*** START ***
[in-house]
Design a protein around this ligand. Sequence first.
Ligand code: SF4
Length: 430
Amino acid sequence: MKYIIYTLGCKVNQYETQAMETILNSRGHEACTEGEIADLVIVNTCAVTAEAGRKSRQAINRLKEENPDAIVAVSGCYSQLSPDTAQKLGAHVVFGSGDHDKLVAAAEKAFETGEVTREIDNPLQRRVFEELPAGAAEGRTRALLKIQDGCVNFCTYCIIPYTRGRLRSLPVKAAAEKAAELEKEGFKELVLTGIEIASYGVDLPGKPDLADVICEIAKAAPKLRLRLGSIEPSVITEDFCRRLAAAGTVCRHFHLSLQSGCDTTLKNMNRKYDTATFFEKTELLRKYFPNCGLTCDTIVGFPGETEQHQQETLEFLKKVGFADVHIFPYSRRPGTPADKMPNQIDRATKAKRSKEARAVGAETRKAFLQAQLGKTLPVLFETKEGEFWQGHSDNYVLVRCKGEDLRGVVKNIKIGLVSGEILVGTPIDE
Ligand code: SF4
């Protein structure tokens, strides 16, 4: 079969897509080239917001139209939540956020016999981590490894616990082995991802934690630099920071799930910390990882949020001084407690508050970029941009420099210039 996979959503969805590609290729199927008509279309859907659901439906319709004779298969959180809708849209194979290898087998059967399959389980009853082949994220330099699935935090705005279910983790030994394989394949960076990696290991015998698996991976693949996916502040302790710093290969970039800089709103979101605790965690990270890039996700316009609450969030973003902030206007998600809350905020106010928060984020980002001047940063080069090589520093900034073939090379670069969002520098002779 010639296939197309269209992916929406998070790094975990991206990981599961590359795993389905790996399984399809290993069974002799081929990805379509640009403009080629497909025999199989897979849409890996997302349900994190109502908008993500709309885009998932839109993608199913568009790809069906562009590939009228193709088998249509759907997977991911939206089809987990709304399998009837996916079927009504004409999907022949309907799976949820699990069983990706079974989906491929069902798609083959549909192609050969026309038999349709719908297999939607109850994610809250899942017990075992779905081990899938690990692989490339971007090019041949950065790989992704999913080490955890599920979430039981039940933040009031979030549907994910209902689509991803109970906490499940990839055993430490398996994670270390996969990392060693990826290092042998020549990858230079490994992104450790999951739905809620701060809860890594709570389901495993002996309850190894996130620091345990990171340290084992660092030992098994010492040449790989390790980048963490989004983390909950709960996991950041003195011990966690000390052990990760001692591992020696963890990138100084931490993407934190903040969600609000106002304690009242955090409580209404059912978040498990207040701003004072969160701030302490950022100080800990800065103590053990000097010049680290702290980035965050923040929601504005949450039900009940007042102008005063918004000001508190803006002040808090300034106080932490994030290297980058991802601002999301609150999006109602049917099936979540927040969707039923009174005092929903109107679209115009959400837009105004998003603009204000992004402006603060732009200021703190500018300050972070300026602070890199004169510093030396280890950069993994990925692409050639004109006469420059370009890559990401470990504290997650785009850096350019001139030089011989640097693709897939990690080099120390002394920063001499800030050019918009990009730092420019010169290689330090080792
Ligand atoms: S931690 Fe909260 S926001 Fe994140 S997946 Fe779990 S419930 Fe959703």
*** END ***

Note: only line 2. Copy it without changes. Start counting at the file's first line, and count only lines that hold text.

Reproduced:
Design a protein around this ligand. Sequence first.